$48 Million. Total amount AFSCME will spend on political activities in 2004. Fifteen million dollars in political action funds will be spent, making AFSCME one of the top five PACs in the nation.
7 Million. Total number of pieces of direct mail and leaflets in targeted districts.
8 Million. Total number of persuasion and GOTV telephone calls into targeted districts.
1.7 Million. Total number of hours that 15,000 AFSCME members will work in 16 battleground states on AFSCME, AFL-CIO Labor 2004 and nonpartisan GOTV operations.
AFSCME has 120,000 members in Ohio and more than 10% (13,000) are participating in election activities, such as knocking on doors and making phone calls. Because Ohio is so important, AFSCME started our program over a year ago - earlier than in other battleground states. In 2000, Labor represented 18% of the Ohio population but 36% of the vote.
This year, AFSCME registered 11,000 of its Ohio members to vote (100,000 total are now registered) and is sending nearly 1,000,000 pieces of direct mail. In addition, AFSCME is using sophisticated bar code technology to track registration forms and other information so that we know not only the work address of a voter but also the floor on which that voter works.
AFSCME represents more than 30,000 people across Iowa and has nearly 100 staff and members working full time on the ground. We ran an intense voter registration drive resulting in nearly 90% of our membership becoming registered to vote.
AFSCME has nearly 10,000 members in New Mexico, a five-fold increase from the 2000 election. This advantage could prove crucial this year, as Al Gore won New Mexico by only 337 votes in 2000.
In Oregon, where people vote strictly by mail, 80% of AFSCME members are registered. Over 90% of AFSCME members voted in 2000, compared to only 60% of registered voters in general.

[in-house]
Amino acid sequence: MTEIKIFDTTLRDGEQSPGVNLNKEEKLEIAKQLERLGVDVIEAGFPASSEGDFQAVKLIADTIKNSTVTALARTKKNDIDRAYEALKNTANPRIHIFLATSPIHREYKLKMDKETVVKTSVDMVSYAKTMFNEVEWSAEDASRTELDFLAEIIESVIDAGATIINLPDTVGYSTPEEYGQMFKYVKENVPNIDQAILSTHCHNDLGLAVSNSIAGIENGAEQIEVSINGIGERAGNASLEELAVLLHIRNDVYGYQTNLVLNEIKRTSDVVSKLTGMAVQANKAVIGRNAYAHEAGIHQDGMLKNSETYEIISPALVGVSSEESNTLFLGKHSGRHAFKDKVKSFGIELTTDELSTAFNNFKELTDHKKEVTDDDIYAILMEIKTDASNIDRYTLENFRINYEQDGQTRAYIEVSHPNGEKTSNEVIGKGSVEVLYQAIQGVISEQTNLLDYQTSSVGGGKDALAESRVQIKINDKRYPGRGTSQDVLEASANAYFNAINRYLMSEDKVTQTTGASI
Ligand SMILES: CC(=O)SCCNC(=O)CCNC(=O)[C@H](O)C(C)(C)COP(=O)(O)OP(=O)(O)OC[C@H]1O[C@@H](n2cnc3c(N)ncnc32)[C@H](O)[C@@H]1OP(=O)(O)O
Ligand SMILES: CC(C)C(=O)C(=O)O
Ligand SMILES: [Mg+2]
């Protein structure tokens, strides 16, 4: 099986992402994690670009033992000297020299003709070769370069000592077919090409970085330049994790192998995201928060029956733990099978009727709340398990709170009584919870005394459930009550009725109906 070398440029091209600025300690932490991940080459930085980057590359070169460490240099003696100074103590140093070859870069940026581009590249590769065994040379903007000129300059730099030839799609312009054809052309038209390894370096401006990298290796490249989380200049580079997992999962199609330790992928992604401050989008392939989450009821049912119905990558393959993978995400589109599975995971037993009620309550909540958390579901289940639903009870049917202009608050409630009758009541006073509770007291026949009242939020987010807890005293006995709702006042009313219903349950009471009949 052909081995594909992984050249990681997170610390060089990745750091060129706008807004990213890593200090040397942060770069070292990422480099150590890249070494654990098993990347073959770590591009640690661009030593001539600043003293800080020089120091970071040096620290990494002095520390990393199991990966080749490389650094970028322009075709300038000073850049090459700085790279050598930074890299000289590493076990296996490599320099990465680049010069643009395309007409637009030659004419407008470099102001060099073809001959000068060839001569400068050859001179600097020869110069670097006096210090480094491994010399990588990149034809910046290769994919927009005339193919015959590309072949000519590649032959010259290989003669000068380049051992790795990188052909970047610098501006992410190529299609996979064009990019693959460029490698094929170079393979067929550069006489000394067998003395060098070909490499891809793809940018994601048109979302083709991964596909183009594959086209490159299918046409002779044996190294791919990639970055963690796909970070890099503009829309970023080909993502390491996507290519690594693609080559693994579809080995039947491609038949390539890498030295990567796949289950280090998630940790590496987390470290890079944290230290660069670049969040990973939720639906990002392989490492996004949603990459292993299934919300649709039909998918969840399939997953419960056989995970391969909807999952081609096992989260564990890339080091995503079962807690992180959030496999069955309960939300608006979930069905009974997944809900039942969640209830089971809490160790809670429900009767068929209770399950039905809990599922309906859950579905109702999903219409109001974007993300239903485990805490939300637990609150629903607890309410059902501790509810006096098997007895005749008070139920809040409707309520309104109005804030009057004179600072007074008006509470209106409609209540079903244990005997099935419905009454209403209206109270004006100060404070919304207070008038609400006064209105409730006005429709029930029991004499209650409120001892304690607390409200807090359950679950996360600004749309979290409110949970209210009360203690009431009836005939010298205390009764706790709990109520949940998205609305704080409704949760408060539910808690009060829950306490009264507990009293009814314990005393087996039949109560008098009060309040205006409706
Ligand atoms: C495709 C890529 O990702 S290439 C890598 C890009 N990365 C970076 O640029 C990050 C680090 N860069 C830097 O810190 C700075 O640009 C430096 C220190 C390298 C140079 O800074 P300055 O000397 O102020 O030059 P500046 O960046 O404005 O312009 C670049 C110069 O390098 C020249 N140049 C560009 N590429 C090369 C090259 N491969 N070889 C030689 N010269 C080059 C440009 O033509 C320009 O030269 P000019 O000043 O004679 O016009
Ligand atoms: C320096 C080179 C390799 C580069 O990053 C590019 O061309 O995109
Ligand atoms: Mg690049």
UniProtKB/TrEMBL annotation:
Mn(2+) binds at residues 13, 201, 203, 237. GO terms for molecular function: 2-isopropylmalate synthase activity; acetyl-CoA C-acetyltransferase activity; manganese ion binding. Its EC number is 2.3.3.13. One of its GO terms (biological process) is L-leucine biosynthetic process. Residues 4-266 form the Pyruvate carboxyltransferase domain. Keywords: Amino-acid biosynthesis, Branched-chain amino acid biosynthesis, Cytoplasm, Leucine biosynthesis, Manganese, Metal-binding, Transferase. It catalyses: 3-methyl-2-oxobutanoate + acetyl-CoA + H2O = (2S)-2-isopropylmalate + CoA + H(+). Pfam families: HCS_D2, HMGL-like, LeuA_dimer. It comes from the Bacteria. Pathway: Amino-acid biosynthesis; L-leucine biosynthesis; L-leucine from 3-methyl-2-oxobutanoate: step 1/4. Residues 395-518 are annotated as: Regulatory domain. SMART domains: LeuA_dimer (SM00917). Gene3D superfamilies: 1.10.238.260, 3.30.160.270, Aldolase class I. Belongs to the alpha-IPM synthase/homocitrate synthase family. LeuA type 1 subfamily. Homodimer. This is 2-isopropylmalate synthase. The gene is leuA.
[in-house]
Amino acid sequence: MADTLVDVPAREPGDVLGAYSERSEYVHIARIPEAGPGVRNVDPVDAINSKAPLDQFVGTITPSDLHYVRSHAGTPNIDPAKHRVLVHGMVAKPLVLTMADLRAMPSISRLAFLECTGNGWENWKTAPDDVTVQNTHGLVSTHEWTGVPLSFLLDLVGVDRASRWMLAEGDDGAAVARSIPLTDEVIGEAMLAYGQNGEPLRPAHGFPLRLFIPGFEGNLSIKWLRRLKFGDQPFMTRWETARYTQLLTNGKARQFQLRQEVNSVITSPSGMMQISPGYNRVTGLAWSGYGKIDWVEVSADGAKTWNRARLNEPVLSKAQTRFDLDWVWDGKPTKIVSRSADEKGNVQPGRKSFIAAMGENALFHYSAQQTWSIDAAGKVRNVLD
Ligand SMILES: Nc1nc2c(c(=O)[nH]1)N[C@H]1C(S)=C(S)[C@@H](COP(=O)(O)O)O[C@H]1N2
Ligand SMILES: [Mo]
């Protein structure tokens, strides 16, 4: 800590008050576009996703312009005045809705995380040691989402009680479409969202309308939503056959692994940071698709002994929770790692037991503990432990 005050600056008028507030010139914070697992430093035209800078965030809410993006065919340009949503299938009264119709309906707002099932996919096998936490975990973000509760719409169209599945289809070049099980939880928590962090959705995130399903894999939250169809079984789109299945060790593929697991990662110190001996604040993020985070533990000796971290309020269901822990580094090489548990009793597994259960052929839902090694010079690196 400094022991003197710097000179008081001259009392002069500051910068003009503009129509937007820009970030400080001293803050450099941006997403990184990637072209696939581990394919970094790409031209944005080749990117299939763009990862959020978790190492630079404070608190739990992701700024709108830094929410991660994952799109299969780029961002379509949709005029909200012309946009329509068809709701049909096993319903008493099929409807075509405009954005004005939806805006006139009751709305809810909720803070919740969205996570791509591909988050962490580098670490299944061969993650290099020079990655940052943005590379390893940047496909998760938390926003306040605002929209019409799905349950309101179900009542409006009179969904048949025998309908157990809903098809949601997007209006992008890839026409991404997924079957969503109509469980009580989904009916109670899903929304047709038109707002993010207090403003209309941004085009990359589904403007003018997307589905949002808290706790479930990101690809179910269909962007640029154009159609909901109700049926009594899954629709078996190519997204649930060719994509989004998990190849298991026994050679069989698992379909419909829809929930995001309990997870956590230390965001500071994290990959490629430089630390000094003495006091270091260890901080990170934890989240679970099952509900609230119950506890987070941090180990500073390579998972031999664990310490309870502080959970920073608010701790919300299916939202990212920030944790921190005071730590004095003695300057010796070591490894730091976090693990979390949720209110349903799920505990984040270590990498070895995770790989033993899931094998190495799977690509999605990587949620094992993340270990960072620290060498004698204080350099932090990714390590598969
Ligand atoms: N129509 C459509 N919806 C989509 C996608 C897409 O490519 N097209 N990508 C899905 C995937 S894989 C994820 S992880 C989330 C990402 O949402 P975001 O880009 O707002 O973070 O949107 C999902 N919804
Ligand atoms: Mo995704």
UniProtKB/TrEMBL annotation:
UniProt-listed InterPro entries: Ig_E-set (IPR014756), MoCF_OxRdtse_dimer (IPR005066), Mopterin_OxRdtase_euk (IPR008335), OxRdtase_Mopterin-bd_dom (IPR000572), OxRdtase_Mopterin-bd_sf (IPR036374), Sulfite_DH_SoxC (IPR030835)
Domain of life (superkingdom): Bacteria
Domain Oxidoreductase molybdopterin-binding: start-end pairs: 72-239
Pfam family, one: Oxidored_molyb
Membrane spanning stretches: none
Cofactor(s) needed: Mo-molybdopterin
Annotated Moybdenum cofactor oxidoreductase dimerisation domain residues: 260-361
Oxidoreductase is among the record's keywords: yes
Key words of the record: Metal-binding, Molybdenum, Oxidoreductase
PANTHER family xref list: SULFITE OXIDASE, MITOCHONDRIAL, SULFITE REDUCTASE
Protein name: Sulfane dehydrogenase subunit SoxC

Independent Expenditure Program. AFSCME is running a $3 million express advocacy campaign targeting unmarried women, a critically important group this year that was under-represented in voting in 2000.
Child Care. AFSCME has launched an innovative non-partisan campaign to register and turn out family child care providers in low turnout areas. We will contact more than 200,000 providers in a dozen states via house visits, telephone and mail. AFSCME is helping providers all across America organize to win union representation.
Hmong Outreach. AFSCME is working with the Asian Pacific American Labor Alliance on GOTV efforts targeting large and growing Hmong populations in Minneapolis-St. Paul, MN and Eau Claire, WI. Several mailings in the Hmong language will be sent to nearly 4,000 MN households prior to Election Day.
Puerto Rican Outreach. AFSCME is implementing a campaign within the new and growing Puerto Rican communities of Orlando, FL and Lehigh, PA to bring them into the political process. This includes 25,000 Puerto Rican voters in Orlando and 20,000 in Lehigh. AFSCME Council 95 in Puerto Rico has sent members to Florida to help with this effort.
Iowa & Wisconsin Issue and Advocacy Ads. In Iowa and Wisconsin, AFSCME is spending $2.5 million on radio and television express advocacy and issue advertising on the outsourcing of jobs, health care, rising gas prices and the Iraq War.
Federation of State, County
and Municipal Employees, AFL-CIO
1625 L Street, N.W., Washington, D.C. 20036-5687
Telephone (202) 429-1145
Fax (202) 429-1120